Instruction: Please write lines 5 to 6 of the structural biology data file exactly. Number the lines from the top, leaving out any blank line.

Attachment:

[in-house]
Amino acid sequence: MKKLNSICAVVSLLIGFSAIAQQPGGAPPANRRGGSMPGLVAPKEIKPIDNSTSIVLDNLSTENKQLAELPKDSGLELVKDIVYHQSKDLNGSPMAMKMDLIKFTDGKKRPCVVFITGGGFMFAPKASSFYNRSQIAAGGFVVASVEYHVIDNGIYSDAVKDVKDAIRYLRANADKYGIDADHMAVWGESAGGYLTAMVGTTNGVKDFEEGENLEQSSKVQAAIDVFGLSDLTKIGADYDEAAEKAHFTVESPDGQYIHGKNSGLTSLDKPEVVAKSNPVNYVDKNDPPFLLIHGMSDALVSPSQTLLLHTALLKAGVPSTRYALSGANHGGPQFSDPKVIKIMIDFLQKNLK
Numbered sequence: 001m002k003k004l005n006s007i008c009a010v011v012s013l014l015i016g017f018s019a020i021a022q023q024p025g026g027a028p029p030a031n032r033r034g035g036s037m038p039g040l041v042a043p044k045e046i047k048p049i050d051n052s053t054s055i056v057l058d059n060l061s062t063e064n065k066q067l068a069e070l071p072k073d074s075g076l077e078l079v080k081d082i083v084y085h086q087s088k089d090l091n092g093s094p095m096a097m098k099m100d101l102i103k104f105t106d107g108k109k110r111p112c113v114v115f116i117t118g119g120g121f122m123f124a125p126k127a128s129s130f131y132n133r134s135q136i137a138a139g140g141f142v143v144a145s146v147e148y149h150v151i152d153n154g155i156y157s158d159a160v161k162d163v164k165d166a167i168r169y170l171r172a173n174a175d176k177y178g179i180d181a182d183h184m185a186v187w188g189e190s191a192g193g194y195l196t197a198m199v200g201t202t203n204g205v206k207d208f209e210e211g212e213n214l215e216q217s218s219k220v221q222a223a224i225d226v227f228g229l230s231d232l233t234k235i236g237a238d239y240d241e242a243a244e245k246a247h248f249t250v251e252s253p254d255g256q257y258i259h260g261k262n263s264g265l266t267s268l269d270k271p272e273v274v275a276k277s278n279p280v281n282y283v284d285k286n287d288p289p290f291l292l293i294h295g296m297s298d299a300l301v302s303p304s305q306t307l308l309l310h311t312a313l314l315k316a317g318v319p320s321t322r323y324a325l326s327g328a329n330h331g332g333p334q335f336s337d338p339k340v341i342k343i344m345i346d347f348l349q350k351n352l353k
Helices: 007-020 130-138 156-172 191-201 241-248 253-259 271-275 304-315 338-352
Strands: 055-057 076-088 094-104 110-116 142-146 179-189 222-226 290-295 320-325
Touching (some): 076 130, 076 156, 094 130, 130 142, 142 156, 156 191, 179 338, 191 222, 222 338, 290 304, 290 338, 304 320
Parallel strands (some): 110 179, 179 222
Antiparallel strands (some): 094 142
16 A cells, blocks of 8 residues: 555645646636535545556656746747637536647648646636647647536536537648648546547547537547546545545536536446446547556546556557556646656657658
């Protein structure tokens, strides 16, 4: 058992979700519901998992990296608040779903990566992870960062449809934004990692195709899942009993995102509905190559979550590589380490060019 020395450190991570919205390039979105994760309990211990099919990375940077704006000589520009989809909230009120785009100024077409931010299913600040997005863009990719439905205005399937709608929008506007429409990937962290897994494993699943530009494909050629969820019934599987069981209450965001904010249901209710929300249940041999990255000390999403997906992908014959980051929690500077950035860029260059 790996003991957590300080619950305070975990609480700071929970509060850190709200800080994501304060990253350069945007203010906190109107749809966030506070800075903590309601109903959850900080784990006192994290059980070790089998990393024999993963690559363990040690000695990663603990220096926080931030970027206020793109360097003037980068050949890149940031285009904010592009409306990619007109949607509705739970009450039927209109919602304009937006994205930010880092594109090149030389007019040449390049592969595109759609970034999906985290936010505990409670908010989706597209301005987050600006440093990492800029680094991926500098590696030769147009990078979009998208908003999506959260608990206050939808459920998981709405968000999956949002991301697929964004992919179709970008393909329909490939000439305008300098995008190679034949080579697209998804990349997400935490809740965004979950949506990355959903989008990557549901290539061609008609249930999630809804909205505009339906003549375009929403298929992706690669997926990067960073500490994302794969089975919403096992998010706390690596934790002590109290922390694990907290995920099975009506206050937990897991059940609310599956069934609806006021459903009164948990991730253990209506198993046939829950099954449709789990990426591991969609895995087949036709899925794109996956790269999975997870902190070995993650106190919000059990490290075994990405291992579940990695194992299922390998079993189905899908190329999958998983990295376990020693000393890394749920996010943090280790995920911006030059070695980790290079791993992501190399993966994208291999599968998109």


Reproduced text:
Strands: 055-057 076-088 094-104 110-116 142-146 179-189 222-226 290-295 320-325
Touching (some): 076 130, 076 156, 094 130, 130 142, 142 156, 156 191, 179 338, 191 222, 222 338, 290 304, 290 338, 304 320